Dryden Talks Game

Ex-MP & Hockey Legend on Head Shots, Hockey History

  • Photo by Adam Kovac

A crowd filled the Indigo bookstore in Place Montréal Trust Feb. 2 to hear former Montreal Canadiens goaltender and politician Ken Dryden talk about his book, The Game, and weigh in on the concussion crisis currently rocking the hockey world.

The event was put on as part of Canada Reads, a Canadian Broadcasting Corporation-run endeavour to choose and promote Canada’s best books. The Game, released in 1983, recounts Dryden’s memories of the pressures of being a goaltender in the National Hockey League. It also takes an in-depth look at the Montreal squad that took home the Stanley Cup in 1979.

“Do you know what happens with a brain inside of a skull, with collisions? It’s similar to throwing a Super-Ball on a squash court.” Ken Dryden

Dryden went from speaking of his earliest moments playing the sport to discussing the speed and intensity of how it is played today.

The 64-year-old multi-Vezina Award-winner spoke about the drastic change in speed in the game now compared to when he donned the Habs jersey 33 years ago.

“If you look at a full game from the 1950s, one from the ‘70s and one from today, you’d think, ‘Oh my God, that game is unbelievably slow,’” he said. Dryden recalled there was no phrase like
‘finishing your checks’ back then because the other player would be too far away.

“If you did [finish your check and hit somebody], you would have had to go 10 or 15 more feet,” he said. “[It] was so obvi- ously interference that it didn’t happen.”

Dryden felt like players’ improved conditioning and increased size were factors that have changed the game significantly.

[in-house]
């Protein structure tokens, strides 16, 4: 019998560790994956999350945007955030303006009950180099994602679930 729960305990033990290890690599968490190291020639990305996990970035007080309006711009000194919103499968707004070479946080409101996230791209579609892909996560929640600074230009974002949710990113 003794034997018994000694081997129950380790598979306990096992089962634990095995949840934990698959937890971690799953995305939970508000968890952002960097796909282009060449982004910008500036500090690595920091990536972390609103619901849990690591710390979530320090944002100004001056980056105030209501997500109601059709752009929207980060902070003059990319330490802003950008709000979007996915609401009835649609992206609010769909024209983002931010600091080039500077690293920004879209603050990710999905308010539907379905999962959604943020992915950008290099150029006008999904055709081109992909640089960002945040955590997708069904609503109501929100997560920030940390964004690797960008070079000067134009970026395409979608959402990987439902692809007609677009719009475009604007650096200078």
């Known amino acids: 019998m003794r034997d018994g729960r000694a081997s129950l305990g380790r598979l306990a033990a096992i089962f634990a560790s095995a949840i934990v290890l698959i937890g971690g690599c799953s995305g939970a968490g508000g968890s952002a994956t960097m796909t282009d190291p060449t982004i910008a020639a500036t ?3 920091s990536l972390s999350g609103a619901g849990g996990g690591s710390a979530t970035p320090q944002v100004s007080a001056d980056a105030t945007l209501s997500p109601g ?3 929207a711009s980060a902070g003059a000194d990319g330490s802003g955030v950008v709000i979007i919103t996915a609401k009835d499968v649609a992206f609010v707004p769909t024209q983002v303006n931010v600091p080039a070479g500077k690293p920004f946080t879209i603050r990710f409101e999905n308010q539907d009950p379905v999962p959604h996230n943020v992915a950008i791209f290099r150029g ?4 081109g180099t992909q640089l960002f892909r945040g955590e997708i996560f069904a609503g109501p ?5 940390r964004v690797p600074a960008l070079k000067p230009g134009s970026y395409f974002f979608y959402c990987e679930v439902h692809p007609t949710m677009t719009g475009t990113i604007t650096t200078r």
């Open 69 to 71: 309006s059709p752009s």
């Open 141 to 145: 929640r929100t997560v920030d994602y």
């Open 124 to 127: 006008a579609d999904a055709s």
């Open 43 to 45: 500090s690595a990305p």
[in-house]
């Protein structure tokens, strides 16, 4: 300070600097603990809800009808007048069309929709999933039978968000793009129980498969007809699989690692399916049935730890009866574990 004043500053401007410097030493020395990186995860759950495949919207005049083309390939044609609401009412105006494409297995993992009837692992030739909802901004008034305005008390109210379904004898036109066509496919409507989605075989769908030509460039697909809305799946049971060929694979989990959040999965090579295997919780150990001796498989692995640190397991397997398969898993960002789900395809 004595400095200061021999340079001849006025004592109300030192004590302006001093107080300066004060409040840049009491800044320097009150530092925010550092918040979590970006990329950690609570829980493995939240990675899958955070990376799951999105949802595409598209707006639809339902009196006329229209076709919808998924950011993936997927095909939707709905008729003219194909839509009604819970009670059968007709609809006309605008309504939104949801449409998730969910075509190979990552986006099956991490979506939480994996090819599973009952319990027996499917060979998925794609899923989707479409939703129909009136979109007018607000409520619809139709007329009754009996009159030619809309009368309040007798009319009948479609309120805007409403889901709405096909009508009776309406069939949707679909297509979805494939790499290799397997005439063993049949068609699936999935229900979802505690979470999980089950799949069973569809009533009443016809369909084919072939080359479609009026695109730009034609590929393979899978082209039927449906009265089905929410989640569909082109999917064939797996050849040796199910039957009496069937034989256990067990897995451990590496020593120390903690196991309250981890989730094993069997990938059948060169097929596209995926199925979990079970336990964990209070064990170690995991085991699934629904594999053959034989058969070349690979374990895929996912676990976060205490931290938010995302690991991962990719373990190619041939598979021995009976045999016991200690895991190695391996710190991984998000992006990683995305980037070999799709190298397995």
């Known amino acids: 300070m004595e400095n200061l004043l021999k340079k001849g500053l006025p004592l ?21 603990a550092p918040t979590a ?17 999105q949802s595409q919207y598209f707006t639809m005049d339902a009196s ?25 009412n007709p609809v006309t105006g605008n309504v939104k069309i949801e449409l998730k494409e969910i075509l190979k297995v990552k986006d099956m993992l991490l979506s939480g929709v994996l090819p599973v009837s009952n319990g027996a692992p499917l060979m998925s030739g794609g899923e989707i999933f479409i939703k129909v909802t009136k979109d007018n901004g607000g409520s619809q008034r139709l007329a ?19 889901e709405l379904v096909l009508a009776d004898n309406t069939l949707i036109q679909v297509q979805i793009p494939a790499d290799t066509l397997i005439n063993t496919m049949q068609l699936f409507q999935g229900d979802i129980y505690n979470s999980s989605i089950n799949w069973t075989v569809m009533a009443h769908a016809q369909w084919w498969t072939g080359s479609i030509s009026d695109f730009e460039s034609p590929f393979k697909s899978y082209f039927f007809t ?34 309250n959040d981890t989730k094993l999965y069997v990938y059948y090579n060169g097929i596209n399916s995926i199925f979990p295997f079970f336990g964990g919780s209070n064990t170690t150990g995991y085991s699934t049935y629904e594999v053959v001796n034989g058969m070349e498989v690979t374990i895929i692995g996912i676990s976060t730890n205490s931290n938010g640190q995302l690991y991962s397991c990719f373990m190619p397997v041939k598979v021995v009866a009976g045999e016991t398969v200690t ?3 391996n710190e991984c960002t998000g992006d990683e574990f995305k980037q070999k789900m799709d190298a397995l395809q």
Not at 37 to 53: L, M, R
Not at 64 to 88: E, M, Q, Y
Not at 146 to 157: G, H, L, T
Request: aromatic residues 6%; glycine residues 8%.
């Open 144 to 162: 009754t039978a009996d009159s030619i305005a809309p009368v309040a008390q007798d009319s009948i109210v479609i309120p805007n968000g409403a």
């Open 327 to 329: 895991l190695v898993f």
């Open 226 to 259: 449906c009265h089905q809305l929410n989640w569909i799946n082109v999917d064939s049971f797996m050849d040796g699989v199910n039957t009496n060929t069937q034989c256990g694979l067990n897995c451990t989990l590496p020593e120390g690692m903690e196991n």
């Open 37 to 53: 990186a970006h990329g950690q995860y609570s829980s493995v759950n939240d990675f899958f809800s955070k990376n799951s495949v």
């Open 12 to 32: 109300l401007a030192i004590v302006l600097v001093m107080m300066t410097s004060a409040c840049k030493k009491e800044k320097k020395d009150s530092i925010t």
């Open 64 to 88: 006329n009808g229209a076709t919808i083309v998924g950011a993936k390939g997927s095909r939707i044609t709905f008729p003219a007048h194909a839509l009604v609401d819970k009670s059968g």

“It’s the combination of a game that goes a whole lot faster, and players that would be an average of 25 pounds heavier now, and in very good condition, so the force of collisions is that much
greater,” said Dryden.

In light of this, he believes that 50 years from now, people are going to be looking back, wondering how irresponsible the athletes of today could be. “Do you know what happens with a brain inside of a skull, with collisions? It’s similar to throwing a Super-Ball on a squash court.”

Dryden tended goal for the Montreal Canadiens between 1970 and 1979, winning six Stanley Cups and five Vezina Trophies in that period as the league’s best net-minder before retiring from hockey at the age of 31.

Dryden pursued a number of different fields after his NHL career, publishing several books, working as an executive for the Toronto Maple Leafs, and serving as a Minister of Parliament for the Liberal Party from 2004 to 2011.

Dryden’s not the only one who’s worried about the state of the game, however. Gordon Bloom, associate professor of Sport Psychology at McGill University, joined Dryden at the talk and noted that all this hitting in the NHL is having an impact on children as well.

“If professionals are showing a lack of respect by not playing the game the way it used to be played, it carries down, and I’ve seen it in minor hockey,” said Bloom.

In fact, Lisa-Marie Breton, who plays for the Montreal Stars of the Canadian Women’s Hockey League, has kept away from watching men’s hockey because of this intensity.

“I don’t watch the NHL because I find there’s not enough passes or nice plays. The guys are just smashing into the boards,” said Breton, who also works as a fitness trainer for Concordia University. “In women’s hockey we don’t have body checks; we have contact which is only along the boards, in the same direction.”

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